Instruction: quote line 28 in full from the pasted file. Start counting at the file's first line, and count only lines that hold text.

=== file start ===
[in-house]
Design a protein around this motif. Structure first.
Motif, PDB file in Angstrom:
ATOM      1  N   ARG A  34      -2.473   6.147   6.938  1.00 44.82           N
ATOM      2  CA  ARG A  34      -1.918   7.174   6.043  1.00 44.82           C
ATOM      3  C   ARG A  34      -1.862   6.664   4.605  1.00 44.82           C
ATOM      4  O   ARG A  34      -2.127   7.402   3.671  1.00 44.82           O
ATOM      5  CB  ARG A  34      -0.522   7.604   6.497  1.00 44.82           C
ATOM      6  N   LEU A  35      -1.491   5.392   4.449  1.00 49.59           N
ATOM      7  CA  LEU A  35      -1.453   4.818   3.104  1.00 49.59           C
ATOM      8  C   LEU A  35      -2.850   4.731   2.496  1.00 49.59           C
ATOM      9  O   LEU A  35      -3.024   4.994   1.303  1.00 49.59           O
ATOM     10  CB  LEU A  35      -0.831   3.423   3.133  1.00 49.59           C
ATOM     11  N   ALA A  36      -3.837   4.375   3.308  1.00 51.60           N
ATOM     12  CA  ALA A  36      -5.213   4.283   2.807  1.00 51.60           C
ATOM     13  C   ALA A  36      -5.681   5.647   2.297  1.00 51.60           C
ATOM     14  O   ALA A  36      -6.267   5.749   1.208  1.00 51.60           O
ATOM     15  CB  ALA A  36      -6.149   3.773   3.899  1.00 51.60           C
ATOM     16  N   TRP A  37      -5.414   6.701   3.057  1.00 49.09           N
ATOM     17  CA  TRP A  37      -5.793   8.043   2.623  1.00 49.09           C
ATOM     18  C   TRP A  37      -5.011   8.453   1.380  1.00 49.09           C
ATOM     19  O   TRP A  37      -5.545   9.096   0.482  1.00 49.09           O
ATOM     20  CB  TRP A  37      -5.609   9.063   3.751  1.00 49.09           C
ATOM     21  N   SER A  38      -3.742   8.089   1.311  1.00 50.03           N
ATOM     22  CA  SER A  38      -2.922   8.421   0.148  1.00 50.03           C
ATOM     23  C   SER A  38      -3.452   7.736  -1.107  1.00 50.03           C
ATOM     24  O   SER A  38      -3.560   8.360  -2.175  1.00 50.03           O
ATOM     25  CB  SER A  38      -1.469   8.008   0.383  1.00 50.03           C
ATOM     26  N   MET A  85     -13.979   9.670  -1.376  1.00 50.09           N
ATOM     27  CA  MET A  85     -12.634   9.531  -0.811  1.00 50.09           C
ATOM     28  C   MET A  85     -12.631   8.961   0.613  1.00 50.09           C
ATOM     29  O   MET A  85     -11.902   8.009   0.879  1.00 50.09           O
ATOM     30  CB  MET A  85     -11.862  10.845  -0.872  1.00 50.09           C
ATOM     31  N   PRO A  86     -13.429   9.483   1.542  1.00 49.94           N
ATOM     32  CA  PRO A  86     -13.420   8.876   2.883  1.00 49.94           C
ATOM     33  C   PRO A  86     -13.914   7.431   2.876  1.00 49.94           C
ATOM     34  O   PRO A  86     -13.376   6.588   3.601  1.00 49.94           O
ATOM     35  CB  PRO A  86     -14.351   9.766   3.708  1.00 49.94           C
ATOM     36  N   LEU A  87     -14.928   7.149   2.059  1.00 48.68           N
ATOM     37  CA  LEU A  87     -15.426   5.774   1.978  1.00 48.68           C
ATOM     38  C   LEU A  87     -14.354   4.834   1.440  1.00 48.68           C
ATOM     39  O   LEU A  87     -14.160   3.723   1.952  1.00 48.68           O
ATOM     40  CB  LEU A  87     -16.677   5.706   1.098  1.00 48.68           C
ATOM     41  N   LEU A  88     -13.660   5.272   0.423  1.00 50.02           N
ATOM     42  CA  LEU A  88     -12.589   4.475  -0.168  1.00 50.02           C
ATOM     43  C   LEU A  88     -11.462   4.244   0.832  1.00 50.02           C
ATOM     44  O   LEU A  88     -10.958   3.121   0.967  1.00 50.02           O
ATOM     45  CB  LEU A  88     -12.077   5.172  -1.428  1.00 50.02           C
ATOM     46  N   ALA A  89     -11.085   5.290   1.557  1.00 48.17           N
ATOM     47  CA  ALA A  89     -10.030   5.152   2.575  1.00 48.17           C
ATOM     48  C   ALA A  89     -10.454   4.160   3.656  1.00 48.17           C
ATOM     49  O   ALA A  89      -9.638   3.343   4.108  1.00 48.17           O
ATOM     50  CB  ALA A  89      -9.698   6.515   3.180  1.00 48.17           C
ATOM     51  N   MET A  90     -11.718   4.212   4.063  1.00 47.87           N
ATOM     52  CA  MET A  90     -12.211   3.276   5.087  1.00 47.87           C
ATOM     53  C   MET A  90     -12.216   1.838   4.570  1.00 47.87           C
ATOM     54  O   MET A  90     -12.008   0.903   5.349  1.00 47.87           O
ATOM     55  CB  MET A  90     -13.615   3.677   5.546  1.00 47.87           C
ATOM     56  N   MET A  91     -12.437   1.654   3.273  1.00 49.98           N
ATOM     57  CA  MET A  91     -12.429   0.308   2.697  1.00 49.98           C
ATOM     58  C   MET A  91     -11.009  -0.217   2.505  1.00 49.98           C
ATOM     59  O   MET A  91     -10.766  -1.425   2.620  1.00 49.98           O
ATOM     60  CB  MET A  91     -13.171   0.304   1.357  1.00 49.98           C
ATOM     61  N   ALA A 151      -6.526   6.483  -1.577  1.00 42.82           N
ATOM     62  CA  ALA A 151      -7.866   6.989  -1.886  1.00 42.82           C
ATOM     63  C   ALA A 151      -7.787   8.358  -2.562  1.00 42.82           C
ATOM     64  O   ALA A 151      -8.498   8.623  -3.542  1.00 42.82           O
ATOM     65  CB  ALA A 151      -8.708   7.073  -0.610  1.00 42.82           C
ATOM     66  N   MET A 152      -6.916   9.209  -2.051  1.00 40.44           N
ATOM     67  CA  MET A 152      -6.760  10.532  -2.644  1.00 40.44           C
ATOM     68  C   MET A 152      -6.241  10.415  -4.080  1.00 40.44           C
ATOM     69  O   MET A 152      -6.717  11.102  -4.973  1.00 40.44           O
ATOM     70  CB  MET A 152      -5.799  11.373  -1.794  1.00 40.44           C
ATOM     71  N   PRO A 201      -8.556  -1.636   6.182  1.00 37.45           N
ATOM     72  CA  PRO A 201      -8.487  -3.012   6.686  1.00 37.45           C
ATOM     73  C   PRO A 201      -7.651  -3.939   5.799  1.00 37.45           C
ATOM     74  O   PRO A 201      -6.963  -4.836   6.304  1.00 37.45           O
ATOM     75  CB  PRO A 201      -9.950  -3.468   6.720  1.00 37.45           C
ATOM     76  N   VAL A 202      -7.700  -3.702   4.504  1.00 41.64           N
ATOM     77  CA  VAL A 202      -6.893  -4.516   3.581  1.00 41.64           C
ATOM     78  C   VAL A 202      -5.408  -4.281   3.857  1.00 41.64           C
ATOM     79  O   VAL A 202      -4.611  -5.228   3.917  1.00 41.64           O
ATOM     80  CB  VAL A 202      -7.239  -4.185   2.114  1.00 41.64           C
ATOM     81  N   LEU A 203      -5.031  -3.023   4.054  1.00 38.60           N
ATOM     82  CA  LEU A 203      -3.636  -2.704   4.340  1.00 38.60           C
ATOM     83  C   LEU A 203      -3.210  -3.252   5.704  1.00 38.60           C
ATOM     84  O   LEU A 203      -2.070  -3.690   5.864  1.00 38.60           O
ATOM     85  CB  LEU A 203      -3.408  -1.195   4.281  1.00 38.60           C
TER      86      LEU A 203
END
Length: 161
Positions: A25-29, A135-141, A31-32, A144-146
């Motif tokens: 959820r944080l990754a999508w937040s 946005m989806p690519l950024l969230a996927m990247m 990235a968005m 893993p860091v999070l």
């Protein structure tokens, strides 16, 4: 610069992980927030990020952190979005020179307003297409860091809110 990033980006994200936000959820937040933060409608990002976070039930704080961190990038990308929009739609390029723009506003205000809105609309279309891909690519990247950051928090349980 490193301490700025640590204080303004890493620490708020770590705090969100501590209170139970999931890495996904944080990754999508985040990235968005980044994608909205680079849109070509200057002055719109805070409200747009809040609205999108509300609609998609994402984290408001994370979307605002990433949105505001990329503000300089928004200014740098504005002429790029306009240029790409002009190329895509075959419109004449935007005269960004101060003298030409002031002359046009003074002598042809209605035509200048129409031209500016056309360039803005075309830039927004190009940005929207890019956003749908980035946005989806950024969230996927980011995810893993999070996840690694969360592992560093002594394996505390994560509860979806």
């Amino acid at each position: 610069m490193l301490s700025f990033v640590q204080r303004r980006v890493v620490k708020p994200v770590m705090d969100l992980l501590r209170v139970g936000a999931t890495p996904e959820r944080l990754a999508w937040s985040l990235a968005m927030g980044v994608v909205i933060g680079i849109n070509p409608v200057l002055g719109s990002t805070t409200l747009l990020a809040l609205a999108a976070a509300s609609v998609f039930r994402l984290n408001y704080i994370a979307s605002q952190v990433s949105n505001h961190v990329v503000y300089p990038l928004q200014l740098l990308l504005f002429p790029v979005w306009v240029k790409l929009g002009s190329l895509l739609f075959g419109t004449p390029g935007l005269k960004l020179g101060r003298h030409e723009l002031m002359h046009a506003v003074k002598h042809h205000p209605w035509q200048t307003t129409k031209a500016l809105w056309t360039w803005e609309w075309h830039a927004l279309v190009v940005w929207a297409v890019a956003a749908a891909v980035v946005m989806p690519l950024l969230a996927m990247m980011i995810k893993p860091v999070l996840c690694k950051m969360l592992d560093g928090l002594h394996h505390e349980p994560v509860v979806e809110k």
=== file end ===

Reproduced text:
ATOM     25  CB  SER A  38      -1.469   8.008   0.383  1.00 50.03           C